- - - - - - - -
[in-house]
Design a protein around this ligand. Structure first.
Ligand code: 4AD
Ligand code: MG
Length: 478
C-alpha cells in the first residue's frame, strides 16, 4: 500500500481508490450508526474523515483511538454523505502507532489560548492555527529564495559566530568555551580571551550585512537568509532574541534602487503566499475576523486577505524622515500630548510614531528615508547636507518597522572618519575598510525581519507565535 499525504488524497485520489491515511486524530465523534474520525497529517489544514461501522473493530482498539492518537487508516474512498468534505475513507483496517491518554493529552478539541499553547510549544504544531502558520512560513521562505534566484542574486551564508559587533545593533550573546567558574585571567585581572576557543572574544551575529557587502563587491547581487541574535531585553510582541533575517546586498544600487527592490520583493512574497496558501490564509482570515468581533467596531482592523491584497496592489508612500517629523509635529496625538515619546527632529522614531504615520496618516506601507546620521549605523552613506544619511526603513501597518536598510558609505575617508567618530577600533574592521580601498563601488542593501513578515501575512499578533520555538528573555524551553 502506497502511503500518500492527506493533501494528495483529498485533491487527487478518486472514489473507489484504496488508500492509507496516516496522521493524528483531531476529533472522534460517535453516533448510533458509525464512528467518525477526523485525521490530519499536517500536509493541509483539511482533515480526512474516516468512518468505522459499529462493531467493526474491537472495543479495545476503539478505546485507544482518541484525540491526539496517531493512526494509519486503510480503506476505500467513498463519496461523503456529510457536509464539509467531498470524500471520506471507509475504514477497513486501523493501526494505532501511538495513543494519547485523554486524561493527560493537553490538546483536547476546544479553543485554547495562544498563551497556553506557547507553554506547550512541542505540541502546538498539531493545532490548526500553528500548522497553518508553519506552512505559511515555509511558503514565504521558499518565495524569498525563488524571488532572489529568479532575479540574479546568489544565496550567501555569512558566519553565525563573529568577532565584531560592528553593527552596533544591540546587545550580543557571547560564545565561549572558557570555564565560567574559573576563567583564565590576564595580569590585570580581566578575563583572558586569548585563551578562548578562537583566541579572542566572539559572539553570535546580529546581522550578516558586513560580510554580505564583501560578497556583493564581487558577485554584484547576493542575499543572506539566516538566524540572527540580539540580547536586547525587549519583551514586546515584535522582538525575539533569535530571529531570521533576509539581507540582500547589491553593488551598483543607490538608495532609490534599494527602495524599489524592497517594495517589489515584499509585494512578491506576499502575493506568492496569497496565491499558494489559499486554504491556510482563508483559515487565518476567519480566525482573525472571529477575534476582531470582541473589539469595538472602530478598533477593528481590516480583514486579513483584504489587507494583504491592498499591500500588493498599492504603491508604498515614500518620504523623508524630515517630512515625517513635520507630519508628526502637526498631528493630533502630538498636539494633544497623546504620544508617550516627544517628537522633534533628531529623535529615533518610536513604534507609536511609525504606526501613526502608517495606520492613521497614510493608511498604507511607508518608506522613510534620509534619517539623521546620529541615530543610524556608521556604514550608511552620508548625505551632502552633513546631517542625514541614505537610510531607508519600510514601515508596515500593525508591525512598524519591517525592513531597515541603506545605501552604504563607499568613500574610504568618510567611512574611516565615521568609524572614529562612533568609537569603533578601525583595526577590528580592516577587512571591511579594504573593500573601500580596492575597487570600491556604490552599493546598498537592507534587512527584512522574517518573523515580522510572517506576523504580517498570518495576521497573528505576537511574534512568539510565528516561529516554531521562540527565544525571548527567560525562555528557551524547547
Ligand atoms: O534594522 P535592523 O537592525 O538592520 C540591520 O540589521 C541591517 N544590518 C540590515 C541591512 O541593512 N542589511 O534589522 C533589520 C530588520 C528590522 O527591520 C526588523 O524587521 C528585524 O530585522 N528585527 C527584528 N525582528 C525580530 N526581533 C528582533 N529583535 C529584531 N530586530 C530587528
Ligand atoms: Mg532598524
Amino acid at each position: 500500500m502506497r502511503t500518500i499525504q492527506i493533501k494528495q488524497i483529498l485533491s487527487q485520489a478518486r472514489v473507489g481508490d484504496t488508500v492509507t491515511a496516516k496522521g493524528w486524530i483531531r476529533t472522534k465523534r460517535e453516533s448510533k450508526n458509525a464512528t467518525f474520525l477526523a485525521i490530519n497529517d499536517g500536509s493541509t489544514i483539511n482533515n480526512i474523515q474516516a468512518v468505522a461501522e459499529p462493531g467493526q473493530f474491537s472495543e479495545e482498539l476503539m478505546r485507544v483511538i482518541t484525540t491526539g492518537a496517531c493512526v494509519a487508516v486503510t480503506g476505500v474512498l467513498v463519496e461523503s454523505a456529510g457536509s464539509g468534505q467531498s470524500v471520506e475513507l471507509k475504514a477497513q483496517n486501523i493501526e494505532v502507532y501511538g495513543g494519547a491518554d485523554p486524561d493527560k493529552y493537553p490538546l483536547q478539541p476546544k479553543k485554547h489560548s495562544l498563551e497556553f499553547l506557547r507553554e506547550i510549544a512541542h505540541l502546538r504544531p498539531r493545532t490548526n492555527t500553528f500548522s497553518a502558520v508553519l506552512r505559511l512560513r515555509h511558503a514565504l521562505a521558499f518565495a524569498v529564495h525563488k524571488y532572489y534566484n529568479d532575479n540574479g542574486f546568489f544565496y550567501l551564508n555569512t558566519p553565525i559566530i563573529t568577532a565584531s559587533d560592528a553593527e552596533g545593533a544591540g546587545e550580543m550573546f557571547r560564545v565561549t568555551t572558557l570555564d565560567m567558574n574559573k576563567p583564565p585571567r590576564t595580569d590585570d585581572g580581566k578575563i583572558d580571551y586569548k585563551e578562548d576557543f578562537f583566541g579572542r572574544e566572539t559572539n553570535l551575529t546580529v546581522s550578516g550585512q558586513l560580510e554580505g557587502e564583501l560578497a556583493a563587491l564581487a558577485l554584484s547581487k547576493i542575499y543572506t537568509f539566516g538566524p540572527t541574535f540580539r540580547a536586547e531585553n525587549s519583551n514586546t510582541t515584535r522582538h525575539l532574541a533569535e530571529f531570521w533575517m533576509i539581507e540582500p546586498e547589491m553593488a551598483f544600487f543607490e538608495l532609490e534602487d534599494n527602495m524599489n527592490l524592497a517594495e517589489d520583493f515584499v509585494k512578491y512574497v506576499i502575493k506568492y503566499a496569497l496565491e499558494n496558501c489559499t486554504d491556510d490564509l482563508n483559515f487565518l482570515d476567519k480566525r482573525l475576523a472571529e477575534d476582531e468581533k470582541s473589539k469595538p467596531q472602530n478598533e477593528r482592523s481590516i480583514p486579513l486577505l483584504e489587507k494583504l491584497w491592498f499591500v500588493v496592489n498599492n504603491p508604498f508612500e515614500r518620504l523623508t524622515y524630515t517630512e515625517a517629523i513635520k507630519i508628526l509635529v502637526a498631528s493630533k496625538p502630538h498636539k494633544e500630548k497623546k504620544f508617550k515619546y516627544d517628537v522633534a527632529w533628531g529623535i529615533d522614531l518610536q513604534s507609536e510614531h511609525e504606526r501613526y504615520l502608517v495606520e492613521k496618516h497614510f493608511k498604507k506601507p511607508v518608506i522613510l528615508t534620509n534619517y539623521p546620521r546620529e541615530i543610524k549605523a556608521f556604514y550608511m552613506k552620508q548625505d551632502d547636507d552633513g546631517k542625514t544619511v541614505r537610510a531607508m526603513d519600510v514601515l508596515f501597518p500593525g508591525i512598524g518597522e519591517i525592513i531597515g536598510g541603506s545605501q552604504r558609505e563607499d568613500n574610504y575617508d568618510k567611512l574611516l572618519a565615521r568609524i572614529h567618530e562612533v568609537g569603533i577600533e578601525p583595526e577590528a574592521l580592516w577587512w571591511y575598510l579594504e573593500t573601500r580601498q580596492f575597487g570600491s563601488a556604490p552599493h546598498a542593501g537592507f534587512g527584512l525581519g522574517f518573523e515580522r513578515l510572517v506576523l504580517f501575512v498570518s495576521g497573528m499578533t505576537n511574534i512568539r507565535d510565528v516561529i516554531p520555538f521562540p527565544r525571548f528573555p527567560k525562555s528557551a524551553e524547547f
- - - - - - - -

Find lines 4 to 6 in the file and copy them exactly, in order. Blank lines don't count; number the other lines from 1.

Ligand code: MG
Length: 478
C-alpha cells in the first residue's frame, strides 16, 4: 500500500481508490450508526474523515483511538454523505502507532489560548492555527529564495559566530568555551580571551550585512537568509532574541534602487503566499475576523486577505524622515500630548510614531528615508547636507518597522572618519575598510525581519507565535 499525504488524497485520489491515511486524530465523534474520525497529517489544514461501522473493530482498539492518537487508516474512498468534505475513507483496517491518554493529552478539541499553547510549544504544531502558520512560513521562505534566484542574486551564508559587533545593533550573546567558574585571567585581572576557543572574544551575529557587502563587491547581487541574535531585553510582541533575517546586498544600487527592490520583493512574497496558501490564509482570515468581533467596531482592523491584497496592489508612500517629523509635529496625538515619546527632529522614531504615520496618516506601507546620521549605523552613506544619511526603513501597518536598510558609505575617508567618530577600533574592521580601498563601488542593501513578515501575512499578533520555538528573555524551553 502506497502511503500518500492527506493533501494528495483529498485533491487527487478518486472514489473507489484504496488508500492509507496516516496522521493524528483531531476529533472522534460517535453516533448510533458509525464512528467518525477526523485525521490530519499536517500536509493541509483539511482533515480526512474516516468512518468505522459499529462493531467493526474491537472495543479495545476503539478505546485507544482518541484525540491526539496517531493512526494509519486503510480503506476505500467513498463519496461523503456529510457536509464539509467531498470524500471520506471507509475504514477497513486501523493501526494505532501511538495513543494519547485523554486524561493527560493537553490538546483536547476546544479553543485554547495562544498563551497556553506557547507553554506547550512541542505540541502546538498539531493545532490548526500553528500548522497553518508553519506552512505559511515555509511558503514565504521558499518565495524569498525563488524571488532572489529568479532575479540574479546568489544565496550567501555569512558566519553565525563573529568577532565584531560592528553593527552596533544591540546587545550580543557571547560564545565561549572558557570555564565560567574559573576563567583564565590576564595580569590585570580581566578575563583572558586569548585563551578562548578562537583566541579572542566572539559572539553570535546580529546581522550578516558586513560580510554580505564583501560578497556583493564581487558577485554584484547576493542575499543572506539566516538566524540572527540580539540580547536586547525587549519583551514586546515584535522582538525575539533569535530571529531570521533576509539581507540582500547589491553593488551598483543607490538608495532609490534599494527602495524599489524592497517594495517589489515584499509585494512578491506576499502575493506568492496569497496565491499558494489559499486554504491556510482563508483559515487565518476567519480566525482573525472571529477575534476582531470582541473589539469595538472602530478598533477593528481590516480583514486579513483584504489587507494583504491592498499591500500588493498599492504603491508604498515614500518620504523623508524630515517630512515625517513635520507630519508628526502637526498631528493630533502630538498636539494633544497623546504620544508617550516627544517628537522633534533628531529623535529615533518610536513604534507609536511609525504606526501613526502608517495606520492613521497614510493608511498604507511607508518608506522613510534620509534619517539623521546620529541615530543610524556608521556604514550608511552620508548625505551632502552633513546631517542625514541614505537610510531607508519600510514601515508596515500593525508591525512598524519591517525592513531597515541603506545605501552604504563607499568613500574610504568618510567611512574611516565615521568609524572614529562612533568609537569603533578601525583595526577590528580592516577587512571591511579594504573593500573601500580596492575597487570600491556604490552599493546598498537592507534587512527584512522574517518573523515580522510572517506576523504580517498570518495576521497573528505576537511574534512568539510565528516561529516554531521562540527565544525571548527567560525562555528557551524547547